Mark Burnett Teams with AOL to create all new, web based reality series

February 22nd, 2006

Mark Burnett Makes AOL Game

Online treasure hunt will provide web-based reality series across portal's sites.
January 31, 2006

America Online has teamed up with Mark Burnett, creator of the reality series “Survivor” and “The Apprentice,” to create an online treasure hunt called “Gold Rush!”

The web-based reality series will run across several sites on the AOL network, including,,, and Challengers will be able to hunt for clues across the sites and look for hidden treasure buried across the United States.

The clues and the online reality show will also be promoted on television, print, and cell phones. Mr. Burnett said he was amazed by the number of fans who communicated online about his TV series.

He believes that with more people able to watch content on their computers during the daytime, the hours from 9 a.m. to 5 p.m. could become the equivalent of the next prime time on the TV programming schedule.

“Gold Rush!” will begin with 13 trucks containing solid gold, burying 13 caches of lucre around the United States, according to Mr. Burnett in an interview Tuesday. Clues regarding the whereabouts of those caches will be embedded online through the AOL web sites and other media.

Level Playing Field

The clues will not require any particular specialized expertise to understand. “Many of the clues are based around pop culture,” explained Mr. Burnett. “You don't need an engineering degree or math degree. It's really for regular people.”

One clue, for example, might ask where players can find a “ray of light” in America, which could be a reference to the Madonna album.

“You piece together the clues like a jigsaw puzzle,” said Mr. Burnett.

Players can play online or they may choose to form a syndicate to have others help them dig up the treasure. 'Gold Rush!” will also have some resemblance to Mr. Burnett's TV shows in terms of the format.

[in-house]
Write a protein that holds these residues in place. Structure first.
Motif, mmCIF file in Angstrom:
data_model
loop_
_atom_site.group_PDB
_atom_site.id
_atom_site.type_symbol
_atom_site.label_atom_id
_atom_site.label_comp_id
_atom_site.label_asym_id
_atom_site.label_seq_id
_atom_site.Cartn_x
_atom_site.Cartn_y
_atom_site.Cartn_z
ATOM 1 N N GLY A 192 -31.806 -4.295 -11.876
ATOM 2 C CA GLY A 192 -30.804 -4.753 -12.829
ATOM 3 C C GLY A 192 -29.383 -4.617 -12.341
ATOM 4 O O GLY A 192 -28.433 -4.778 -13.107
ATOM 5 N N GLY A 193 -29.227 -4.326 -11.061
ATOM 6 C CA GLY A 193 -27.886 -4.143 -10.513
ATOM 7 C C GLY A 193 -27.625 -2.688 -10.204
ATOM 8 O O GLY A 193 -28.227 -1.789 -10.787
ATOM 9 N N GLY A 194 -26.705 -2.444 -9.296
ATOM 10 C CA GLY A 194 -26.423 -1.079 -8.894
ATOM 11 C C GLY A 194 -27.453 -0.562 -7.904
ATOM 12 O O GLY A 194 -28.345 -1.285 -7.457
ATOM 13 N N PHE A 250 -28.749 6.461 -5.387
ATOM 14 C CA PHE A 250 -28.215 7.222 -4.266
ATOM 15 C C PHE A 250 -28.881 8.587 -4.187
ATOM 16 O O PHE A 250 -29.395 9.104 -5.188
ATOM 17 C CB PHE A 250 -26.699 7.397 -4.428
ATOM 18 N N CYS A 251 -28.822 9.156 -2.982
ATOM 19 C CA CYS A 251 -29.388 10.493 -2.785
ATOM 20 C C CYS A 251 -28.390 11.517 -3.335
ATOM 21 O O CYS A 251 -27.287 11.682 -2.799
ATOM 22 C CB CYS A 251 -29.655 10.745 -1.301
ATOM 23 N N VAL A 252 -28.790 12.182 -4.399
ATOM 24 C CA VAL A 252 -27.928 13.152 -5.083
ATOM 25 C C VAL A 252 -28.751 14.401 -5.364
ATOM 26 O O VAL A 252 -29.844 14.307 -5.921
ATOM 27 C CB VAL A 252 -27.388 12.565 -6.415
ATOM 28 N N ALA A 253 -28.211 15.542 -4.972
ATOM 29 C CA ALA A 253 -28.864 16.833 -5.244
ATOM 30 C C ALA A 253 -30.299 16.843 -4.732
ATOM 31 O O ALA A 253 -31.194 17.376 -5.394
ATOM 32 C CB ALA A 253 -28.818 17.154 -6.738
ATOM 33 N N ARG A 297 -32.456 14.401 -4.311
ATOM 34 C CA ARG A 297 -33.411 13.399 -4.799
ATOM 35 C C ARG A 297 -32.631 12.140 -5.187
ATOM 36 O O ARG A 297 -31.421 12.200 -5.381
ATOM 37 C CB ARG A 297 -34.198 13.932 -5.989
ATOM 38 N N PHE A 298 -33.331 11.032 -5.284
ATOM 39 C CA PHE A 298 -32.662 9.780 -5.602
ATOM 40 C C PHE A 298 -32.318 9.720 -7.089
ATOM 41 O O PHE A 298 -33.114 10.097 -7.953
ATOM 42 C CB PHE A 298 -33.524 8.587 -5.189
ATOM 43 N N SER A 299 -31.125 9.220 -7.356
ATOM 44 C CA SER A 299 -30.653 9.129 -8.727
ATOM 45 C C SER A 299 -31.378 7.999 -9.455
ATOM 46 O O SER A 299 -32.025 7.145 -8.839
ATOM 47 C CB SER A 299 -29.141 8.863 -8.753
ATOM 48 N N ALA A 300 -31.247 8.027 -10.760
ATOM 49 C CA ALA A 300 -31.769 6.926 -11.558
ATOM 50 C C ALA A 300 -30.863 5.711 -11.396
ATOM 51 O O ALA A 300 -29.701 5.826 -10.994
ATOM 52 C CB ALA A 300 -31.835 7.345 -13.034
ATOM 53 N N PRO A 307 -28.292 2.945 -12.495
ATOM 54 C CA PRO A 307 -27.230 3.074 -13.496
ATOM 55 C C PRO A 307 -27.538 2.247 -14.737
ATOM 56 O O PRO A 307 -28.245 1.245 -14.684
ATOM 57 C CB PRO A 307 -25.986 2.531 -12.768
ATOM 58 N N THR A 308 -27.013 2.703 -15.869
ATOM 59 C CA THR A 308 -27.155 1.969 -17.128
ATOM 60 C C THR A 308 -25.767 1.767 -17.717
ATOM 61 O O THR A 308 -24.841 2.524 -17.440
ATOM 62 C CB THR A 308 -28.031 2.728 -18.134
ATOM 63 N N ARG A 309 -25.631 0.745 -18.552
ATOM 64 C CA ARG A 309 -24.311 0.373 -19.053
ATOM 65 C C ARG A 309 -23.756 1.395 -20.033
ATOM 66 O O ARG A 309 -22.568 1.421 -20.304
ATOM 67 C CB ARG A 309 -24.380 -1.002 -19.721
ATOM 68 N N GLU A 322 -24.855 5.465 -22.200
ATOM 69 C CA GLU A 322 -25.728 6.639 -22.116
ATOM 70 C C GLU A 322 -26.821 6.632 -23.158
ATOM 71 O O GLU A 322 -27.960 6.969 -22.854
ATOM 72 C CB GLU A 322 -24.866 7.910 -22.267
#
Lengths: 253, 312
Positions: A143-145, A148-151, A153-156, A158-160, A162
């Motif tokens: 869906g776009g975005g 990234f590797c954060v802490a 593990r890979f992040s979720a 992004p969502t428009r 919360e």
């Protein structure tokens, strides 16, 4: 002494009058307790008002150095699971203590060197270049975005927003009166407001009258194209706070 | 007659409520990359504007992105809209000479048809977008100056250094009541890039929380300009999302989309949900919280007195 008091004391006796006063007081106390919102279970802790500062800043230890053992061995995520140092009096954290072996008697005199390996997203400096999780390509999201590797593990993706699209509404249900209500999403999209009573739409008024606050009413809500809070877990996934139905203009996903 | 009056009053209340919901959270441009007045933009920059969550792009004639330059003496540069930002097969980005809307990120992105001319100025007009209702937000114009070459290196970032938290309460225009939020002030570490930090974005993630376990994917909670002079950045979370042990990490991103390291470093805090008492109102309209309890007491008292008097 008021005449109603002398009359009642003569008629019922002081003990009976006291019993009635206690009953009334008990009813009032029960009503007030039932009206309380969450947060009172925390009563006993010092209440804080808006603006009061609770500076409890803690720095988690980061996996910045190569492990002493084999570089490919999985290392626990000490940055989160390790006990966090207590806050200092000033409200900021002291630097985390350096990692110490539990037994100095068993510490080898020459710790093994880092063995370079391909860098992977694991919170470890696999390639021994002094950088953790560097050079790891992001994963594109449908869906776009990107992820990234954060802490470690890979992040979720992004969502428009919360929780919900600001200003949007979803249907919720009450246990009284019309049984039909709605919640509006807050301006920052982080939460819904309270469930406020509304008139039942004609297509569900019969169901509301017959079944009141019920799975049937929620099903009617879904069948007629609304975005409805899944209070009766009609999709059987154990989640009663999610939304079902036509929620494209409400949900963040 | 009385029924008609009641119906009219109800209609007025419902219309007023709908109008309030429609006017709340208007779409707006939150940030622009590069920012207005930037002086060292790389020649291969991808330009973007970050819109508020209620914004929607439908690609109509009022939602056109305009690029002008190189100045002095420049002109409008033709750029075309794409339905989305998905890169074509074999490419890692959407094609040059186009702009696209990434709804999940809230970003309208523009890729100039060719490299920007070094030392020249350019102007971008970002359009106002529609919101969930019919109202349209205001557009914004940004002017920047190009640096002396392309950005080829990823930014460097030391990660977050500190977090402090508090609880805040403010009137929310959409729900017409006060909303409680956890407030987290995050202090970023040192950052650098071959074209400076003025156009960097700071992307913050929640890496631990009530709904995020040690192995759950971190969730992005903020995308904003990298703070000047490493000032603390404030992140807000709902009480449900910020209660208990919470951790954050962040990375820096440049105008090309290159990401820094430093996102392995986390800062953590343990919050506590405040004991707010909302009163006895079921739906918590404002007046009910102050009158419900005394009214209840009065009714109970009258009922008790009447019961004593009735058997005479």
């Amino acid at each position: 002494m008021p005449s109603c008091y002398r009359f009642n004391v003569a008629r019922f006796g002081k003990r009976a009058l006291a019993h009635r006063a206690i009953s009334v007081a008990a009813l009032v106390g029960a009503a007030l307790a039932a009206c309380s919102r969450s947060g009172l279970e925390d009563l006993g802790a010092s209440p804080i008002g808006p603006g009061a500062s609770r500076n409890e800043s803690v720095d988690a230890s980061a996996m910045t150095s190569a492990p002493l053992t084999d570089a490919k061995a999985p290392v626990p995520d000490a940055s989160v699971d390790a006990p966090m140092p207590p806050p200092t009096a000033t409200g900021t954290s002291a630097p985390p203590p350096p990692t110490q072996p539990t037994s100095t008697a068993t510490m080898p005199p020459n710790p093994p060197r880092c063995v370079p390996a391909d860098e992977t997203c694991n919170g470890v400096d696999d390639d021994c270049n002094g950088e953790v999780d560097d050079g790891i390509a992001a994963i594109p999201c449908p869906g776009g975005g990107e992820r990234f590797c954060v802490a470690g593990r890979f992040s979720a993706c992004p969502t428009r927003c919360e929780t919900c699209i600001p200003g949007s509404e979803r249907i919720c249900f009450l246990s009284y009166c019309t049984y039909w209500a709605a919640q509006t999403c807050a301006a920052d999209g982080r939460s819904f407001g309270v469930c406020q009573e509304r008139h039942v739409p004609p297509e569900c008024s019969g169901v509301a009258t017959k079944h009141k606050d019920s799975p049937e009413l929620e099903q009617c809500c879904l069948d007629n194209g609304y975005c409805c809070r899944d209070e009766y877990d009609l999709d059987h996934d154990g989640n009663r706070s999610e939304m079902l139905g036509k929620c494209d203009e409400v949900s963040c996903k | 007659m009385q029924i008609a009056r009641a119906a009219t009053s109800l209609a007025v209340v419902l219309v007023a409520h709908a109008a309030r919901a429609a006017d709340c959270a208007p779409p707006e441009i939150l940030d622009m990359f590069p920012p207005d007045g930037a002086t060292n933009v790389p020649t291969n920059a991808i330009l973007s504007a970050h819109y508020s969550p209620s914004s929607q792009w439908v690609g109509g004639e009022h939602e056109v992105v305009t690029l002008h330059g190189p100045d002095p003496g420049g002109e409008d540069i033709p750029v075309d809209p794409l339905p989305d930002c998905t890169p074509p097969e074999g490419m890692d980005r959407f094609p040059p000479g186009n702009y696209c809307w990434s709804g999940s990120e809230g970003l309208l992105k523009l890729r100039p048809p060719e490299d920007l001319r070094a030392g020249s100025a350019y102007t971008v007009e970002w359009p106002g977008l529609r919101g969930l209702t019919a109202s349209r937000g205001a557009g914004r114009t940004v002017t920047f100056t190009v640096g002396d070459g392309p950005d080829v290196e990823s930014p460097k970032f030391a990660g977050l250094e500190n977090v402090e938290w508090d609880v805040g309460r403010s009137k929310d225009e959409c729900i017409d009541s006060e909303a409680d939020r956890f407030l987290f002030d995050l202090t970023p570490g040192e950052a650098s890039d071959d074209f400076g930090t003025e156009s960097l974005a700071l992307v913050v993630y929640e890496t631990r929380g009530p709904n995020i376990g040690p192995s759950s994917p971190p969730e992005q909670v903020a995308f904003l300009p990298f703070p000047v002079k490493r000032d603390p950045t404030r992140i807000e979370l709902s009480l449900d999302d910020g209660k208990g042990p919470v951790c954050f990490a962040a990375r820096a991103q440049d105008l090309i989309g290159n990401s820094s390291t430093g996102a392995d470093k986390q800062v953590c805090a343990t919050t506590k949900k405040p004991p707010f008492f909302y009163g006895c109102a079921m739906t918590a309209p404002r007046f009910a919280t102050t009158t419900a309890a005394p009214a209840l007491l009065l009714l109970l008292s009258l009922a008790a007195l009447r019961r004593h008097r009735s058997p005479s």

“It will be a fun, interactive game and it will be in my style with a big opening,” he said.

“Gold Rush!” is not the first reality series to play on AOL. The Dulles, Virginia-based company owned by New York City-based Time Warner has previously run The Biz in conjunction with its sister company, Warner Music Group. It also had another series called Start Up about a small business launch.

The new series will also be getting some competition from Yahoo, which is reportedly developing a web-based series called Treasure Hunt that may be produced by Steven Spielberg.

Reality Pioneer

The partnership with Mark Burnett Productions will give AOL the clout of a pioneer in the reality TV industry.

“This is a totally original concept that comes to us from the guy who created reality television,” said America Online CEO Jonathan Miller. “It defines engagement. It's disruptive by nature and it certainly will be habit forming—all the best of the Internet in one fell swoop.”

Mr. Burnett said he had worked very hard with AOL and signed the deal at midnight Sunday with AOL COO Kevin Conroy. Mr. Miller was also heavily involved in the project.

Mr. Burnett has been laboring on the project for about a year and hired a dedicated staff. He contacted several magazines many months ago about partnering on the project, and has been working with AOL in recent months.